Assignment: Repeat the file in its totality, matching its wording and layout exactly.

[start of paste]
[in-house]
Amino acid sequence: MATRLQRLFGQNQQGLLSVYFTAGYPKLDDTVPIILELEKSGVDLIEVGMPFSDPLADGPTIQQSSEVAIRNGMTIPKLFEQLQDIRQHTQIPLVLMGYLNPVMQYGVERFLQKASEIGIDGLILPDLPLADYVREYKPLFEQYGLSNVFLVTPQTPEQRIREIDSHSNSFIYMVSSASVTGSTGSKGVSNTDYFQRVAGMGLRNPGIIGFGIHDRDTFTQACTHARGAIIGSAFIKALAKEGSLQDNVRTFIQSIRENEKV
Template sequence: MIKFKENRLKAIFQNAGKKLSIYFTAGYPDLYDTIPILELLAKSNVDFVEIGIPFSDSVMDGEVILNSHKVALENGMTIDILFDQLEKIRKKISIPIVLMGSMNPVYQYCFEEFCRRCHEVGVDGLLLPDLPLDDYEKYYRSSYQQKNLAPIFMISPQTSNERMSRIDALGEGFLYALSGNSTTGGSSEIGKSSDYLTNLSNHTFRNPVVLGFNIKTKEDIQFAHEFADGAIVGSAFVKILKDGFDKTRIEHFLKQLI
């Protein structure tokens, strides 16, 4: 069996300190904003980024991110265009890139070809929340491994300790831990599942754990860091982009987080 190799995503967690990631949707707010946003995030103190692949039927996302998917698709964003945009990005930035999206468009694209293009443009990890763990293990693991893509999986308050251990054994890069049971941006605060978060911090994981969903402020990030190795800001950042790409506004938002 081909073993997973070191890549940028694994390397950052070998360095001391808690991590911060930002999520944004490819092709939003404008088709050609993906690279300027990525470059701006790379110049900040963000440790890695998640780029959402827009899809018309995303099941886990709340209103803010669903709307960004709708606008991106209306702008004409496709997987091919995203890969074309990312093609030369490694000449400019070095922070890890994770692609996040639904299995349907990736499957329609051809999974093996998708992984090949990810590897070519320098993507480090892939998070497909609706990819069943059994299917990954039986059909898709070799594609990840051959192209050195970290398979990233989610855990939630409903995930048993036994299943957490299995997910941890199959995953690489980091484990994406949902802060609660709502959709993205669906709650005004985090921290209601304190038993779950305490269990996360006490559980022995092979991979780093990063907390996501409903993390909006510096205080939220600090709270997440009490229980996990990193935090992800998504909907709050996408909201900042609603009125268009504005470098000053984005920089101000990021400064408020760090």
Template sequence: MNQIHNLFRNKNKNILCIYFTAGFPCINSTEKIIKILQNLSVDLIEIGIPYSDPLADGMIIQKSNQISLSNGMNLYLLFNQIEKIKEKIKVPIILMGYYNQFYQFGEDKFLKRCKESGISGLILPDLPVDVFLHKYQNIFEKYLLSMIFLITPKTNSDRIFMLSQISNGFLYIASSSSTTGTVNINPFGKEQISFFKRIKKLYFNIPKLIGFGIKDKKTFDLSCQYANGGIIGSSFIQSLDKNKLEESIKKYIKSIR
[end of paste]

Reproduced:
[in-house]
Amino acid sequence: MATRLQRLFGQNQQGLLSVYFTAGYPKLDDTVPIILELEKSGVDLIEVGMPFSDPLADGPTIQQSSEVAIRNGMTIPKLFEQLQDIRQHTQIPLVLMGYLNPVMQYGVERFLQKASEIGIDGLILPDLPLADYVREYKPLFEQYGLSNVFLVTPQTPEQRIREIDSHSNSFIYMVSSASVTGSTGSKGVSNTDYFQRVAGMGLRNPGIIGFGIHDRDTFTQACTHARGAIIGSAFIKALAKEGSLQDNVRTFIQSIRENEKV
Template sequence: MIKFKENRLKAIFQNAGKKLSIYFTAGYPDLYDTIPILELLAKSNVDFVEIGIPFSDSVMDGEVILNSHKVALENGMTIDILFDQLEKIRKKISIPIVLMGSMNPVYQYCFEEFCRRCHEVGVDGLLLPDLPLDDYEKYYRSSYQQKNLAPIFMISPQTSNERMSRIDALGEGFLYALSGNSTTGGSSEIGKSSDYLTNLSNHTFRNPVVLGFNIKTKEDIQFAHEFADGAIVGSAFVKILKDGFDKTRIEHFLKQLI
């Protein structure tokens, strides 16, 4: 069996300190904003980024991110265009890139070809929340491994300790831990599942754990860091982009987080 190799995503967690990631949707707010946003995030103190692949039927996302998917698709964003945009990005930035999206468009694209293009443009990890763990293990693991893509999986308050251990054994890069049971941006605060978060911090994981969903402020990030190795800001950042790409506004938002 081909073993997973070191890549940028694994390397950052070998360095001391808690991590911060930002999520944004490819092709939003404008088709050609993906690279300027990525470059701006790379110049900040963000440790890695998640780029959402827009899809018309995303099941886990709340209103803010669903709307960004709708606008991106209306702008004409496709997987091919995203890969074309990312093609030369490694000449400019070095922070890890994770692609996040639904299995349907990736499957329609051809999974093996998708992984090949990810590897070519320098993507480090892939998070497909609706990819069943059994299917990954039986059909898709070799594609990840051959192209050195970290398979990233989610855990939630409903995930048993036994299943957490299995997910941890199959995953690489980091484990994406949902802060609660709502959709993205669906709650005004985090921290209601304190038993779950305490269990996360006490559980022995092979991979780093990063907390996501409903993390909006510096205080939220600090709270997440009490229980996990990193935090992800998504909907709050996408909201900042609603009125268009504005470098000053984005920089101000990021400064408020760090």
Template sequence: MNQIHNLFRNKNKNILCIYFTAGFPCINSTEKIIKILQNLSVDLIEIGIPYSDPLADGMIIQKSNQISLSNGMNLYLLFNQIEKIKEKIKVPIILMGYYNQFYQFGEDKFLKRCKESGISGLILPDLPVDVFLHKYQNIFEKYLLSMIFLITPKTNSDRIFMLSQISNGFLYIASSSSTTGTVNINPFGKEQISFFKRIKKLYFNIPKLIGFGIKDKKTFDLSCQYANGGIIGSSFIQSLDKNKLEESIKKYIKSIR